6 ways to cleanse your hair without shampoo

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In recent years, naturalistas have been putting down the shampoo and using other methods, such as co-washing, to cleanse their hair without stripping it of the essential oils produced by hair follicles. While you can easily find shampoos that are sulfate free, there’s a number of other ways to keep your hair clean and healthy!

Co-wash: This is the most common alternative cleansing method for women with natural hair. Instead of using a shampoo, naturalistas use a conditioning cream to get rid of product build-up, and excess oil, sebum and dirt particles from the environment. The result is super clean hair that’s still soft and moisturized.

Shu Uemura Hair Oil Cleanser

Oil Cleansing: You may have heard about the oil cleansing method for the face, but have you heard of using oil to cleanse hair? Recently, my mom told me how my grandmother used warm mineral oil to cleanse her waist-length hair as a child. She said my grandmother would have her put her head over the kitchen sink as she poured and massaged the oil into her hair and scalp until every bit of dirt was gone. From there, she’d squeeze her hair to get rid of leftover oil and do a quick rinse.

It’s labor intensive and takes longer than using shampoo and conditioner, but my mom said her hair was super soft, lustrous and she never had problems with split ends or breakage.

You can use basically any oil of your choice, but Jojoba, Amla, or Coconut Oil seem to work the best.

One of Sephora’s best selling dry shampoos.

Dry Shampoo: Dry shampoo is just that — a powder form of shampoo that doesn’t need to be rinsed out. Most come in aerosol form, but there are some that you can shake into your hand and work it through your locks. This form of cleansing is best to hold you between wash days or salon appointments and helps absorb excess oil and sweat.

Ladies with relaxed hair will probably love this option the best since fine, processed hair can easily get weighed down by natural oils and topical oils and moisturizers. Also, if you’re a wig wearer, dry shampoo can be used to keep wigs fresh and knock down the shine on synthetic fibers.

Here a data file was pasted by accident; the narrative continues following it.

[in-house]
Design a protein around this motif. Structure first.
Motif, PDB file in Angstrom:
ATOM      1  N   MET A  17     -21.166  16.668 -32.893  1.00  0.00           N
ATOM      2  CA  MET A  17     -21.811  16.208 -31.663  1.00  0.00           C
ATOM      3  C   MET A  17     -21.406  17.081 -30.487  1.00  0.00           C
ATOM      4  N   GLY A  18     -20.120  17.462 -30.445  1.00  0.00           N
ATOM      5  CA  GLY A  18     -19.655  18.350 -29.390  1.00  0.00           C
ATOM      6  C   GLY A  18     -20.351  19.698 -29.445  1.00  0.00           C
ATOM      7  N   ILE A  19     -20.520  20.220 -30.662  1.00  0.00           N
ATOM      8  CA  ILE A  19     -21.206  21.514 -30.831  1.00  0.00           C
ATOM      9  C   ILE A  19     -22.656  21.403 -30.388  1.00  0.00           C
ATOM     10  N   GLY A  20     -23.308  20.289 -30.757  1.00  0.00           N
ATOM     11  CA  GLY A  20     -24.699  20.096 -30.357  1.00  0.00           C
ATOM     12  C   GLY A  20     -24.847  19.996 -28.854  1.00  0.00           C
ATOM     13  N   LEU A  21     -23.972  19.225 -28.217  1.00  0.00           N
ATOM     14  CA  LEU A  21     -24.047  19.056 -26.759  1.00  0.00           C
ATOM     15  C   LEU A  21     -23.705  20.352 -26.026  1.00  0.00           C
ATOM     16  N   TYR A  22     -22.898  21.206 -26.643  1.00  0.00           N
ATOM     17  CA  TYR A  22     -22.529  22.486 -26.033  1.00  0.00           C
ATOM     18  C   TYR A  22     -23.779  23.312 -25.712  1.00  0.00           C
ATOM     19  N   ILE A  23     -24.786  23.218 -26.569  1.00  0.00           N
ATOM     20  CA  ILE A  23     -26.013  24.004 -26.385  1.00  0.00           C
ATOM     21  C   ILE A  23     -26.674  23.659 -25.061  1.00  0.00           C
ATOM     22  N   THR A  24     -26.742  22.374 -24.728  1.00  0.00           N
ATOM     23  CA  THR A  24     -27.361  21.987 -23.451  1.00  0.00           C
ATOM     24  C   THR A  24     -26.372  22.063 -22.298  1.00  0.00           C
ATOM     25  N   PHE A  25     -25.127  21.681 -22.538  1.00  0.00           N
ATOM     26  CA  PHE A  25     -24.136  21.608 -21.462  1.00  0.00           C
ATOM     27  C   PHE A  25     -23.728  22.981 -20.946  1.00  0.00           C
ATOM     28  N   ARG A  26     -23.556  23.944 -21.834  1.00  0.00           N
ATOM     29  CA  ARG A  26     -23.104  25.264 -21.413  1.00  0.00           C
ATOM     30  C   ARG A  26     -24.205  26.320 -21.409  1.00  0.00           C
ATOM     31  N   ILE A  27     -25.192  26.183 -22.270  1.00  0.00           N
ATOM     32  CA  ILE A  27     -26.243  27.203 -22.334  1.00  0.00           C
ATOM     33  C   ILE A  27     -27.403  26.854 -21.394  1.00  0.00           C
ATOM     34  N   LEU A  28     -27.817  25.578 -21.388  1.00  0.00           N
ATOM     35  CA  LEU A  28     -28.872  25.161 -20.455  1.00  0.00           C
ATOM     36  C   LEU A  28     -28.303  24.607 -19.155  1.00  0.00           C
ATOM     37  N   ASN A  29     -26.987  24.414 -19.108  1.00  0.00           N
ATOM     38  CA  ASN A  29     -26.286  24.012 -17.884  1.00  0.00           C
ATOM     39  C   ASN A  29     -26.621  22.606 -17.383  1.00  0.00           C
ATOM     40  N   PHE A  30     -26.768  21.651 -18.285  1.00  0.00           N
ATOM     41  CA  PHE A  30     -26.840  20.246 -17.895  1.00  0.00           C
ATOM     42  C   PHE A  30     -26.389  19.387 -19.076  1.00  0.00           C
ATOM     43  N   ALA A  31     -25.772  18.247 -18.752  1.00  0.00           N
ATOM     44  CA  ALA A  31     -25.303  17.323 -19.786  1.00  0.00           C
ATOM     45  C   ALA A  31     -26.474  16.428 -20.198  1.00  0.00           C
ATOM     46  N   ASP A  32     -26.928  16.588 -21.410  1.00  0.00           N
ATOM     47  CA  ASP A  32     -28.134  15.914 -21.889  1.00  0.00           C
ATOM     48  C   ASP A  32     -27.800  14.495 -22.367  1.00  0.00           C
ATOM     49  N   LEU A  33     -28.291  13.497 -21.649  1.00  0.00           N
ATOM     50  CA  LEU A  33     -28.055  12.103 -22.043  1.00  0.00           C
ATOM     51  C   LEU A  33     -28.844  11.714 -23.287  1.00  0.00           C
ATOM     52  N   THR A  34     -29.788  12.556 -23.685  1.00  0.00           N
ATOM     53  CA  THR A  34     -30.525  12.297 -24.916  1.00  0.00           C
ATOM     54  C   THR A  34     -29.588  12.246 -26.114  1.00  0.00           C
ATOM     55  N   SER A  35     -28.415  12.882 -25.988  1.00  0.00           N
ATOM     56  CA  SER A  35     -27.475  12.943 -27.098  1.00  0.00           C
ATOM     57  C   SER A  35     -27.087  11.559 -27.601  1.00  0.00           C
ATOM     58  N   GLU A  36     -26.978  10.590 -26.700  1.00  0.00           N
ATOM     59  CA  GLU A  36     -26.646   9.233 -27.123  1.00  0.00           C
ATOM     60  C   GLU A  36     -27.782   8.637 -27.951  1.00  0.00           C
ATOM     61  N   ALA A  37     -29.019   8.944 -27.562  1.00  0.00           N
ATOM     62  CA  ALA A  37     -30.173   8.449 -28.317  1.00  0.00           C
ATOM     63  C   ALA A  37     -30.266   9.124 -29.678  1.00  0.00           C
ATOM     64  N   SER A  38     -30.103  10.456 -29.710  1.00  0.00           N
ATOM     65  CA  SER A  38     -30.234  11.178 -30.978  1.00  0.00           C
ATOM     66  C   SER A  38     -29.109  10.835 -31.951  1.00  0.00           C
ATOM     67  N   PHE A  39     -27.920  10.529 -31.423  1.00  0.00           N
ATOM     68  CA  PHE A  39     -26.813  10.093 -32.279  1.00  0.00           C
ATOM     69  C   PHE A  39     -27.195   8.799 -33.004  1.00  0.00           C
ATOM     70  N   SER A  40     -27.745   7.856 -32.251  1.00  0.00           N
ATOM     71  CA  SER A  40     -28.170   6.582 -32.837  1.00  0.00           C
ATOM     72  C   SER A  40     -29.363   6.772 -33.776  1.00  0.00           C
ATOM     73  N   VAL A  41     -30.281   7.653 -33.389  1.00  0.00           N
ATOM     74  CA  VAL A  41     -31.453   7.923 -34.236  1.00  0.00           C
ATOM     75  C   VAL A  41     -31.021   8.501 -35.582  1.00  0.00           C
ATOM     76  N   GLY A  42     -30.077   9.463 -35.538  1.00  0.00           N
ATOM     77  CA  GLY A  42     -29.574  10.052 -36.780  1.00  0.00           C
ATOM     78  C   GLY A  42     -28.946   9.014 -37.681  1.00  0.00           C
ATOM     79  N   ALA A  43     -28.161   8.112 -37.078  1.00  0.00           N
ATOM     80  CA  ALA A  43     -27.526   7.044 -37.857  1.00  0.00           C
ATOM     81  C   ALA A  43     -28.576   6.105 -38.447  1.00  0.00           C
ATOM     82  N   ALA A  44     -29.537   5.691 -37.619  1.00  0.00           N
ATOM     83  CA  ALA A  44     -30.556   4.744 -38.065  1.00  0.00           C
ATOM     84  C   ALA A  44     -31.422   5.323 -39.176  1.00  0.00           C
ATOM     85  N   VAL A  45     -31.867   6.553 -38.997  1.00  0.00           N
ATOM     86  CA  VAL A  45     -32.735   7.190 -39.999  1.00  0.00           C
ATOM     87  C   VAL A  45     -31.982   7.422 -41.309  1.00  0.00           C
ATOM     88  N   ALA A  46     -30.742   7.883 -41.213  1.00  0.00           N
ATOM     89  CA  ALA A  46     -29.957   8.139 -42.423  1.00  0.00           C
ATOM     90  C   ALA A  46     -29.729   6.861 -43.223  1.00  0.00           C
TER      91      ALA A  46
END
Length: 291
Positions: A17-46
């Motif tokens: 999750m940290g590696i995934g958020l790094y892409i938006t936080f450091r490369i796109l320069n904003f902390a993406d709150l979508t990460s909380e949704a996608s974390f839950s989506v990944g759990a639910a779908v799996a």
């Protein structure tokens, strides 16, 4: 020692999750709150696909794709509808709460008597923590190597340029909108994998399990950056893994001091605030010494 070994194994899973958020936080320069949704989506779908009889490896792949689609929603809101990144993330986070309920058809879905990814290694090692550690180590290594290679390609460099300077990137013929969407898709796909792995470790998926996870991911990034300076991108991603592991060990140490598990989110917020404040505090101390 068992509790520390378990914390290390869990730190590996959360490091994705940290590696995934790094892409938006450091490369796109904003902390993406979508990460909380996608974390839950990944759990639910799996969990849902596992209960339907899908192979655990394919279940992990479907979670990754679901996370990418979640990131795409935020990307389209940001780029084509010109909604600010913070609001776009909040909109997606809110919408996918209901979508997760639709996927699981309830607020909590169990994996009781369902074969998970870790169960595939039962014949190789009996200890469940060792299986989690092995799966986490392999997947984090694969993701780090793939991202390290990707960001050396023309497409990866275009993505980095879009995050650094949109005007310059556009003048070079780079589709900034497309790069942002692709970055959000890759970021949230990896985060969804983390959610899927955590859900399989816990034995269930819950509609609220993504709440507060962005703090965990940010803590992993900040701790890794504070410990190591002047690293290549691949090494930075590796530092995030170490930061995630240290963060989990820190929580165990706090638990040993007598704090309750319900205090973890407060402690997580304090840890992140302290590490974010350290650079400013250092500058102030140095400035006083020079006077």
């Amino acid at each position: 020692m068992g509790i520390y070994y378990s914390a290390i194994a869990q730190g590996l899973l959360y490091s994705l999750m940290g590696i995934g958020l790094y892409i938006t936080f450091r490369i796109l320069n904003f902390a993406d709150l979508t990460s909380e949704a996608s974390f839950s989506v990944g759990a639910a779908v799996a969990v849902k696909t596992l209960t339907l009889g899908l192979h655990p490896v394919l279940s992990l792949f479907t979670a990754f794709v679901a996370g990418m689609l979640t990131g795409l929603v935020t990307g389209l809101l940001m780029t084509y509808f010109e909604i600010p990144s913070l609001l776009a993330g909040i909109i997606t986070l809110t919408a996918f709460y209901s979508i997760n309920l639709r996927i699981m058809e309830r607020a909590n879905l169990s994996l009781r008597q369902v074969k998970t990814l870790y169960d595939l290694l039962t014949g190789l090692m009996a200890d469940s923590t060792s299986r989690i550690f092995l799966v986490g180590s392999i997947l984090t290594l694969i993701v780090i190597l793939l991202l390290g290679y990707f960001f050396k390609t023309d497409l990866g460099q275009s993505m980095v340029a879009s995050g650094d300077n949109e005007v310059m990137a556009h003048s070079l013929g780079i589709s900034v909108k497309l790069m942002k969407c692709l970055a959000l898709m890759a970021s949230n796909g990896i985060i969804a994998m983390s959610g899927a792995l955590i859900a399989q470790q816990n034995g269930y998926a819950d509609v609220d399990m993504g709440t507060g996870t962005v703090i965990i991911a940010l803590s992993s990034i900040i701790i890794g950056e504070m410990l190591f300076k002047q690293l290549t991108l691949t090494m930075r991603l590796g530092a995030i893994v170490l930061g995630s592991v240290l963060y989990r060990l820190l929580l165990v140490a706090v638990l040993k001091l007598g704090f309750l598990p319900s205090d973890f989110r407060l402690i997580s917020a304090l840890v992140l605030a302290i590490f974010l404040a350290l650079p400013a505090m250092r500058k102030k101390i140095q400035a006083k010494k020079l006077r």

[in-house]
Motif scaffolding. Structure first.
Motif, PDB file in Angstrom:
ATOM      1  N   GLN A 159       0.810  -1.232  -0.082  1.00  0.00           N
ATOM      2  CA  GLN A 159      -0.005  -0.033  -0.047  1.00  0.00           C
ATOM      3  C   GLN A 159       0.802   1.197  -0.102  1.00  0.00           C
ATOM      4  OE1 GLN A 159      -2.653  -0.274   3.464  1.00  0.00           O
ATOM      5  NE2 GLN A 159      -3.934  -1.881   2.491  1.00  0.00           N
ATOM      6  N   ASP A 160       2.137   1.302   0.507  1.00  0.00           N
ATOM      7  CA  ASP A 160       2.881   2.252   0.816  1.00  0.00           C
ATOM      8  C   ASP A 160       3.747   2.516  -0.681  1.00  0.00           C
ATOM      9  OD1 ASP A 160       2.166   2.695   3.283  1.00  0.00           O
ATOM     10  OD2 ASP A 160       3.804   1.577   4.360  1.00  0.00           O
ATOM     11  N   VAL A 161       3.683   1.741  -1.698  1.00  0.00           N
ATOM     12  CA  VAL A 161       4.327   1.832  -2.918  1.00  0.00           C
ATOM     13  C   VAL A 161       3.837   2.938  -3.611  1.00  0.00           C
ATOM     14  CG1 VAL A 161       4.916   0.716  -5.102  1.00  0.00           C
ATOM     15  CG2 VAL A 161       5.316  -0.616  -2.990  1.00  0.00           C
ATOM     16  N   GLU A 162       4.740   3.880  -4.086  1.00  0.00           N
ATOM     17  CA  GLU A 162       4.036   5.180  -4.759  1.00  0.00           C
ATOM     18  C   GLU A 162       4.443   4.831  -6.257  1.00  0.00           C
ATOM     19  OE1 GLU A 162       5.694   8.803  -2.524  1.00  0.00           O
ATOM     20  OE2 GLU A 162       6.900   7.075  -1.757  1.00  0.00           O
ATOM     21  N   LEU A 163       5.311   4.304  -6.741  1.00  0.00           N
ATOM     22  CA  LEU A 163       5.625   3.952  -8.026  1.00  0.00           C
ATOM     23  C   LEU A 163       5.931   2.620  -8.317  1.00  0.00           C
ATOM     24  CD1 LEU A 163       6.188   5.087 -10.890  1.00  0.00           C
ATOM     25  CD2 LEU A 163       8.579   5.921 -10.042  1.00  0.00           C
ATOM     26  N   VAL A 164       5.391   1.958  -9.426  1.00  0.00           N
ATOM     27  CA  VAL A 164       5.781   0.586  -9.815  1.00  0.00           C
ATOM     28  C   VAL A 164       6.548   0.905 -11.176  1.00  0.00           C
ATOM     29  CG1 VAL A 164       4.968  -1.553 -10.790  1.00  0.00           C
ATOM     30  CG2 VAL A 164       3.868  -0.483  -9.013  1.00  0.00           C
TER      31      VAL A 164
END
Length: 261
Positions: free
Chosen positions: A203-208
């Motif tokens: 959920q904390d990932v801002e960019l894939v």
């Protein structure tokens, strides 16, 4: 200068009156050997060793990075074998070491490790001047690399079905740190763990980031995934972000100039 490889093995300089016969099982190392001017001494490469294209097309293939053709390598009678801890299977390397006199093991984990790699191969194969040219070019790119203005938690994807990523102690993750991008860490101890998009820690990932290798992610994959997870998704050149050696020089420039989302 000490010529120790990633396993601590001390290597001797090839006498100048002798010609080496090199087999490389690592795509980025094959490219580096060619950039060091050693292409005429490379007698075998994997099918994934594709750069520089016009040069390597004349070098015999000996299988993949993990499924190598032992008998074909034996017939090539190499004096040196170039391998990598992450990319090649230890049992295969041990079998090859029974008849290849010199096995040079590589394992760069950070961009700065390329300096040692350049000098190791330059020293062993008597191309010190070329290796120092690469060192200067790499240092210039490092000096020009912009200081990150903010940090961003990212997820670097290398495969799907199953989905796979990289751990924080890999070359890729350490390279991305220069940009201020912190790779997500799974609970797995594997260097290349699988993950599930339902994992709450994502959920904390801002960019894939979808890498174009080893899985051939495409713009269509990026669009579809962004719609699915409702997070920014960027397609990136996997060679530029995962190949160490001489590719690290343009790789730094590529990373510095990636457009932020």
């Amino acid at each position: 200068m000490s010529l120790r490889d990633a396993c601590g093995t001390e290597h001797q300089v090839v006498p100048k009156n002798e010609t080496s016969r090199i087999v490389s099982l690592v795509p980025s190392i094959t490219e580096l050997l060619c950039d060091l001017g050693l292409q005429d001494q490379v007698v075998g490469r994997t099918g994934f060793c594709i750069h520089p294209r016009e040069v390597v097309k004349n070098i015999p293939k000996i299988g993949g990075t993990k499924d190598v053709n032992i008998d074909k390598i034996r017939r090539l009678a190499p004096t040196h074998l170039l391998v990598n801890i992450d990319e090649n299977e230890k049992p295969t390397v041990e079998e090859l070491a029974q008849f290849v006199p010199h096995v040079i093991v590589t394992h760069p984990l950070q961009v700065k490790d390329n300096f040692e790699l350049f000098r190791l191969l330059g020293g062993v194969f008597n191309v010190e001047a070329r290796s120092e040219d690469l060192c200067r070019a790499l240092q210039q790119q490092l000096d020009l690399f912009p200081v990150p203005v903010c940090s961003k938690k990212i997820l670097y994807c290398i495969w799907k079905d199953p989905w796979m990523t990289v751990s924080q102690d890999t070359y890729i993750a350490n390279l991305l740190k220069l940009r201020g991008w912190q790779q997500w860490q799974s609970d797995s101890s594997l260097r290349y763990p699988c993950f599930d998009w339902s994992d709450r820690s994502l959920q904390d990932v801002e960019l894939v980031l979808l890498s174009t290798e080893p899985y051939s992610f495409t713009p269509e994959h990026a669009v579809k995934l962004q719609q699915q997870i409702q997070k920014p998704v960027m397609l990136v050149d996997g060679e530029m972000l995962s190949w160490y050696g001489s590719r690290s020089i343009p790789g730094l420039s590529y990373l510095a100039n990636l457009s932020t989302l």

For ladies who don’t want to DIY the clay wash.

Clay Wash: This may seem counterproductive since you’re literally putting dirt in your hair, but plenty of ladies and gents with natural hair have raved over using bentonite or rhassoul clays to cleanse and treat the hair. 

Mix two tablespoons your clay of choice with three cups of water and gently work it through your strands. After you’ve done that, rinse it out with tepid water and follow up with a herbal or ACV rinse to get any leftover clay out. Not into making your own mix? Carol’s Daughter has a rhassoul clay line at Target!

Creme of Nature’s new ACV rinse!

Herbal and ACV Rinse: Much like dry shampoo, herbal and Apple Cider Vinegar rinses are best used to hold you between washes or can help you keep your scalp clean when rocking protective styles. ACV is awesome for the scalp because it balances the PH and keeps excess oil production at bay. It’s also great for clarifying the hair and scalp after experiencing product buildup. 

The only downside is the smell, and that can be minimized by mixing in other herbs and essential oils, such as lavender and rosemary, that offer their own hair benefits. If you’re not a mixmaster, you can check out a number of ACV rinses such as Creme of Nature’s Argan Oil Clarifying Rinse. Plus, it smells good!

Water Only: I’ll admit, I’m not totally sold on this method, but I’ve heard that it can render glorious results besides saving you major moolah on haircare. Water only cleansing supposedly allows your hair’s natural oils and sebum to do their work and helps your hair ‘detox’ from various chemicals, products, and treatments. 

Which method do you like best? Tell me in the comments below!




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